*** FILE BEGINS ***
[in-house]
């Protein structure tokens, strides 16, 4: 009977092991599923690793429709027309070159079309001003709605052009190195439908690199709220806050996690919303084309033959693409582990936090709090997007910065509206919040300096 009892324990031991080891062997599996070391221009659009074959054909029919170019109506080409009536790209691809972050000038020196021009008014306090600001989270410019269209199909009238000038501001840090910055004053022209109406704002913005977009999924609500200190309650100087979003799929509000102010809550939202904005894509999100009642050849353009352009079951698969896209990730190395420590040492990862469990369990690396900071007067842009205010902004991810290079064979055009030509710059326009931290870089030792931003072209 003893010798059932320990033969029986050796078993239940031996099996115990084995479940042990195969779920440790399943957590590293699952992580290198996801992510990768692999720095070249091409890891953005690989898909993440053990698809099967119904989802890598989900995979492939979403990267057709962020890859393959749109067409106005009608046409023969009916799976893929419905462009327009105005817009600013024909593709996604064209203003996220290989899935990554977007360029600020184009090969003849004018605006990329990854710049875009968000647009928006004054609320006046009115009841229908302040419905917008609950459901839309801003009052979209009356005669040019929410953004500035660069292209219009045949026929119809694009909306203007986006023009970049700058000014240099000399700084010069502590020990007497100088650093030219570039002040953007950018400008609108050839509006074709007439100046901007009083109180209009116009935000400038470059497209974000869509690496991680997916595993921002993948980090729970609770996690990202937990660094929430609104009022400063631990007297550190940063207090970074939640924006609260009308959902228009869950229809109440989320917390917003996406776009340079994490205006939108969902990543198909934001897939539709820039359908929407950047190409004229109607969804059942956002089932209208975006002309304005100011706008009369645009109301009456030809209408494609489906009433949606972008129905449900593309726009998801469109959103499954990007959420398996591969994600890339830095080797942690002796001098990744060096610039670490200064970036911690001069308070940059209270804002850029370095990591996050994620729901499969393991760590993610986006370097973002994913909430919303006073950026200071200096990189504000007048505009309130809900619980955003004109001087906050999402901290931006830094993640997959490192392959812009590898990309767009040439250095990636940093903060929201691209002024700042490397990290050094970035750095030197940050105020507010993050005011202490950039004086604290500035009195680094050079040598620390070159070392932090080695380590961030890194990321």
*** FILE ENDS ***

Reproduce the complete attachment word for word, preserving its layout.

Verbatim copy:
[in-house]
């Protein structure tokens, strides 16, 4: 009977092991599923690793429709027309070159079309001003709605052009190195439908690199709220806050996690919303084309033959693409582990936090709090997007910065509206919040300096 009892324990031991080891062997599996070391221009659009074959054909029919170019109506080409009536790209691809972050000038020196021009008014306090600001989270410019269209199909009238000038501001840090910055004053022209109406704002913005977009999924609500200190309650100087979003799929509000102010809550939202904005894509999100009642050849353009352009079951698969896209990730190395420590040492990862469990369990690396900071007067842009205010902004991810290079064979055009030509710059326009931290870089030792931003072209 003893010798059932320990033969029986050796078993239940031996099996115990084995479940042990195969779920440790399943957590590293699952992580290198996801992510990768692999720095070249091409890891953005690989898909993440053990698809099967119904989802890598989900995979492939979403990267057709962020890859393959749109067409106005009608046409023969009916799976893929419905462009327009105005817009600013024909593709996604064209203003996220290989899935990554977007360029600020184009090969003849004018605006990329990854710049875009968000647009928006004054609320006046009115009841229908302040419905917008609950459901839309801003009052979209009356005669040019929410953004500035660069292209219009045949026929119809694009909306203007986006023009970049700058000014240099000399700084010069502590020990007497100088650093030219570039002040953007950018400008609108050839509006074709007439100046901007009083109180209009116009935000400038470059497209974000869509690496991680997916595993921002993948980090729970609770996690990202937990660094929430609104009022400063631990007297550190940063207090970074939640924006609260009308959902228009869950229809109440989320917390917003996406776009340079994490205006939108969902990543198909934001897939539709820039359908929407950047190409004229109607969804059942956002089932209208975006002309304005100011706008009369645009109301009456030809209408494609489906009433949606972008129905449900593309726009998801469109959103499954990007959420398996591969994600890339830095080797942690002796001098990744060096610039670490200064970036911690001069308070940059209270804002850029370095990591996050994620729901499969393991760590993610986006370097973002994913909430919303006073950026200071200096990189504000007048505009309130809900619980955003004109001087906050999402901290931006830094993640997959490192392959812009590898990309767009040439250095990636940093903060929201691209002024700042490397990290050094970035750095030197940050105020507010993050005011202490950039004086604290500035009195680094050079040598620390070159070392932090080695380590961030890194990321």